Failure Investigation & Litigation Support: Projects

Lowe’s Motor Speedway Bridge Collapse

Charlotte, North Carolina

On May 20, 2000, after the finish of a NASCAR event at the Lowe’s Motor Speedway, one span of a four-span, simply-supported, pretensioned concrete pedestrian bridge that was approximately five years old collapsed injuring 114 people, several with life-threatening injuries. Although this was a private structure used to facilitate crowd movement from the speedway to parking lots, it spanned a major US highway.

The litigation that resulted from this collapse was settled over the following years. WDP was retained by one of the principal parties in the lawsuits and given the task to determine the probable cause of the collapse. The investigation included an extensive review of information from public and private sources; field investigation of the debris from the double-tee beams that collapsed and of those that were dismantled from the other three spans that did not collapse; and an extensive laboratory investigation.

Although the initial investigation concluded that the cause of the collapse was corrosion of the prestressing strands, the reason for the accelerated corrosion of the strands remained an important issue. Through an extensive testing program conducted at WDP’ s laboratory, the precipitator of the corrosion was found to be an accelerating admixture added to a grout material used to fill the cavity left by hold down hardware during fabrication. The admixture was not approved for use in prestressed concrete and was found to be used at a dosage level significantly greater than recommended.

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University Balcony Collapse

Charlottesville, Virginia

On Sunday, May 18, 1997, just prior to the commencement of the 168th final exercises at the University of Virginia, approximately one-third of the Pavilion I balcony collapsed. On May 19, 1997, the University of Virginia Office of Facilities Management requested that WDP conduct an independent engineering investigation to determine the cause of the collapse. The design was traced back to Thomas Jefferson and was constructed in the 1820’s. WDP issued an expert report summarizing the investigation in August 1997.

As part of the investigation, WDP visited the site to make visual observations of the debris, take measurements, gather material samples, and determine the existing conditions of the structure. Laboratory investigations and testing were conducted on two of four hanger rods and on portions of the face beam. Eyewitness accounts of the collapse and conditions prior to the collapse were studied. Analytical studies of the structural system and individual structural elements were conducted.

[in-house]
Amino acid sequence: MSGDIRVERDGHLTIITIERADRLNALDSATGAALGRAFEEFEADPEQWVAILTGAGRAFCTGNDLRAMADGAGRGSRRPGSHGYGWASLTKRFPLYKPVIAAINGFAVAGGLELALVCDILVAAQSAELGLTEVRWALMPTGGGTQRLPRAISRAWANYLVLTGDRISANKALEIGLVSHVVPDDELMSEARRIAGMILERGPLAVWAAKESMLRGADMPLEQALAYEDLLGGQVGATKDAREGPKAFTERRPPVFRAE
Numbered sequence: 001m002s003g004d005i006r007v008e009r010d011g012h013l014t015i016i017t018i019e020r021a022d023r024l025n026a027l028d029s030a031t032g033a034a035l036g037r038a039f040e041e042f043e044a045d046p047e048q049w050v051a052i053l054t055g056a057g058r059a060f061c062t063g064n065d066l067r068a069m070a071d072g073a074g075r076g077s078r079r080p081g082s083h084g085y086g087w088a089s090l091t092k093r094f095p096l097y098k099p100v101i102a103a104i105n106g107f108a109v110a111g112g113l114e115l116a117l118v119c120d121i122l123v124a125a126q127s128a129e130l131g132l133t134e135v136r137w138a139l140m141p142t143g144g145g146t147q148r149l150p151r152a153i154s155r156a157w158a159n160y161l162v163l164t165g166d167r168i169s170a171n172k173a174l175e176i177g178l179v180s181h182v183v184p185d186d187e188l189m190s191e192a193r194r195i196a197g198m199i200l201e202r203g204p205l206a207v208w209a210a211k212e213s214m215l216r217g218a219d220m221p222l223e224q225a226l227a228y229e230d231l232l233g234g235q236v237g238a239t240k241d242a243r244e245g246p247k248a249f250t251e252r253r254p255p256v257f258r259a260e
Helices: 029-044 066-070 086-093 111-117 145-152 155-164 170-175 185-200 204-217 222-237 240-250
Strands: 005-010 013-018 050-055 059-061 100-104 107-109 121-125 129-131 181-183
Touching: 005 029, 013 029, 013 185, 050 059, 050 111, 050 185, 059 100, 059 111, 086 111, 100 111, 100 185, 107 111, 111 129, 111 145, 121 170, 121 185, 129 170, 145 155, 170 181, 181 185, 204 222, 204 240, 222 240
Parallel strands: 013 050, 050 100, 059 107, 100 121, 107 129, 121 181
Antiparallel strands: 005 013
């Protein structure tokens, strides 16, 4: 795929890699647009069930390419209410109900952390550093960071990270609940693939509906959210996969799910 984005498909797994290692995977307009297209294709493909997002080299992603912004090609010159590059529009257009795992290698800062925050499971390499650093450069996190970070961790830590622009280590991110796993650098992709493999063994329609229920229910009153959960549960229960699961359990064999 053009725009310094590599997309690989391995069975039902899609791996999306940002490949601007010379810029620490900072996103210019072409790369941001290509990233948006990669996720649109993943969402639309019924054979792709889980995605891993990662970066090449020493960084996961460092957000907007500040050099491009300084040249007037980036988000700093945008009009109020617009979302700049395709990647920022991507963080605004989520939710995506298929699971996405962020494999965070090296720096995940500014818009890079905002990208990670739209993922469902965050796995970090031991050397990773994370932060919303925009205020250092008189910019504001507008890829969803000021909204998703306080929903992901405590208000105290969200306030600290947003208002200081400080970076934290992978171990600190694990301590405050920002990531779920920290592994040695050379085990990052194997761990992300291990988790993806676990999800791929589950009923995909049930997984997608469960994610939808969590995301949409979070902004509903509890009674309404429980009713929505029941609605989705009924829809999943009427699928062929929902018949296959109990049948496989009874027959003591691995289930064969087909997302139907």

The most probable cause of the partial collapse was the tensile failure of one of four primary hanger rods used to support the cantilevered edge of the balcony. Laboratory testing revealed that the hanger rods were of late 18th century to mid-19th century vintage and were most likely the original rods used to construct the balcony during the 1820’s. The failed hanger rod had experienced a 96% reduction in effective area due to the long-term corrosion of the rod concealed within the balcony face beam.

WDP redesigned the balconies to meet modern building codes while remaining faithful to the original Jeffersonian architectural design.

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McCaskey East High School

Lancaster, Pennsylvania

WDP was retained by the School District to investigate cracking and spalling observed in masonry bearing walls within McCaskey East High School. The 300,000 sq. ft. school was opened in 1996 and is a four story masonry and precast concrete structure. WDP performed a detailed field investigation including destructive and nondestructive testing to verify construction details of reinforced concrete masonry bearing walls and reinforced masonry columns. The evaluation also included structural analysis of the facility to assess the adequacy of the original design and the effect of construction defects.

The field investigation and analysis results revealed significant structural defects which resulted in closing of the school in July 2001. WDP was tasked with production of a repair design, solicitation of repair bids, and management of the repair project to assure completion of the repair program so that the school could reopen for the 2002 school year.

WDP designed a repair program consisting of four prime contracts. Work was started in January 2002 and was substantially completed in August 2002 permitting opening of the school on time for the 2002 school year. The total repair program cost was approximately $7 million.

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